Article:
Tuesday, March 27, 2007

What We Live is What We Really Believe

If we seek ultimate joy in other things, and our Christianity is dry and lifeless, it only shows that we really don't believe He is supremely and sufficiently enjoyable and the portion of our soul forever.

If we live under a constant burden of guilt and trying to be good, and if we are constantly trying to justify ourselves by things we do, build ourselves up before God and others, it only shows that we really don't believe the gospel. We really don't believe it is all of grace and none of merit. We really don't believe Christ is our complete righteousness, our identity, our Rock, our foundation.

If we do not seek the lost, do not love and endeavor to love those around us, do not them about Jesus, it shows that we do not truly believe our Christianity. We do not believe they are creations, like us, sinners, like us, lost, as we were. We do not truly believe in a joyful heaven, in the glory of Jesus Christ, and we do not truly believe in the horrors of hell. We do not truly believe in salvation all of grace, by Christ alone, which we have done nothing to deserve, only to spurn.

We can talk about this doctrine and that. We can profess to believe them. We can prove them on paper. But our actions betray what we truly believe, what we truly apprehend in our souls and hold fast to.


“An infidel once met a Christian and said, ‘I know you do not believe your religion.’ ‘Why?’ asked the Christian. ‘Because,’ said the other, ‘for years you have passed me on my way to my house of business. You believe, do you not, that there is a hell, into which men’s spirits are cast?’ ‘Yes, I do,’ said the Christian. ‘And you believe that unless I believe in Christ I must be sent there?’ ‘Yes.’ ‘You do not, I am sure, because if you did, you must be a most inhuman wretch to pass by, day by day, and never tell me about it or warn me of it.’” (Charles Spurgeon)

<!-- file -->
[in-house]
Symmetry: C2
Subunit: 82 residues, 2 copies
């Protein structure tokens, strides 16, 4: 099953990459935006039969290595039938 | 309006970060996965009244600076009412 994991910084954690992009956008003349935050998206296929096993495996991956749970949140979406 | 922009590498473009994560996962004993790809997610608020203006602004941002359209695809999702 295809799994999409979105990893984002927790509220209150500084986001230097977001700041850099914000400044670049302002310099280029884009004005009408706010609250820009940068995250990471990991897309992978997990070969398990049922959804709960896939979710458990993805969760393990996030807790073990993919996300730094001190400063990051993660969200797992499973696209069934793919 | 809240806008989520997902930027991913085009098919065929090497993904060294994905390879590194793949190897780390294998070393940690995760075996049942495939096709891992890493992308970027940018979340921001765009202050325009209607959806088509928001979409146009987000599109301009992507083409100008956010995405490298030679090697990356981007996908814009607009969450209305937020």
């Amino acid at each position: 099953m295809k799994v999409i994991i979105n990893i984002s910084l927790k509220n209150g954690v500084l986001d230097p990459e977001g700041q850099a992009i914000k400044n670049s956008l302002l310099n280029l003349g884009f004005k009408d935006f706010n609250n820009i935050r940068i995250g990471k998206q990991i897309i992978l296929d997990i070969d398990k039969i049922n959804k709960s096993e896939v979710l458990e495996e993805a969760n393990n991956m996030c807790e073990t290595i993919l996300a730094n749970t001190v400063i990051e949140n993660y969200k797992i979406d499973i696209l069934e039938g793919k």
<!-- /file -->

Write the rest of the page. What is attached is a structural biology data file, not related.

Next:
Monday, March 19, 2007

In God We Trust

I am usually not an "issues" kind of guy. I usually don't get wrapped up or write about how the 10 Commandments are being removed from such and such courthouse wall. I don't tend to forward the email out to everybody I know with the tag insinuating that "if you really love God" you will "pass this on." I do need to be careful, though, because I can't exclude myself from getting caught up in things. I do, more than I probably am aware of.

I remember recently receiving one of those mass-forward emails about the new 1 Dollar gold coins we have. It was full of all this talk about how "In God We Trust" is not included, and the note exhorted Christians to sort of "boycott" the use of the coin, in protest. Less than a week later, I read a news clip about how many of these coins, in circulation, lack the inscription due to an unknown error in the pressing of these coins. In other words, it wasn't by design. There is no grand conspiracy, here. We aren't being persecuted by the new American currency.

It really seems silly and sad that we almost are looking for ways to pose ourselves as persecuted and victimized in this country, despite how privileged we are. We seem to do a lot of whining, but we neglect our greatest weapon, which is the gospel. We would rather whip up hysteria and rise up in outcry as some kind of "battered victims."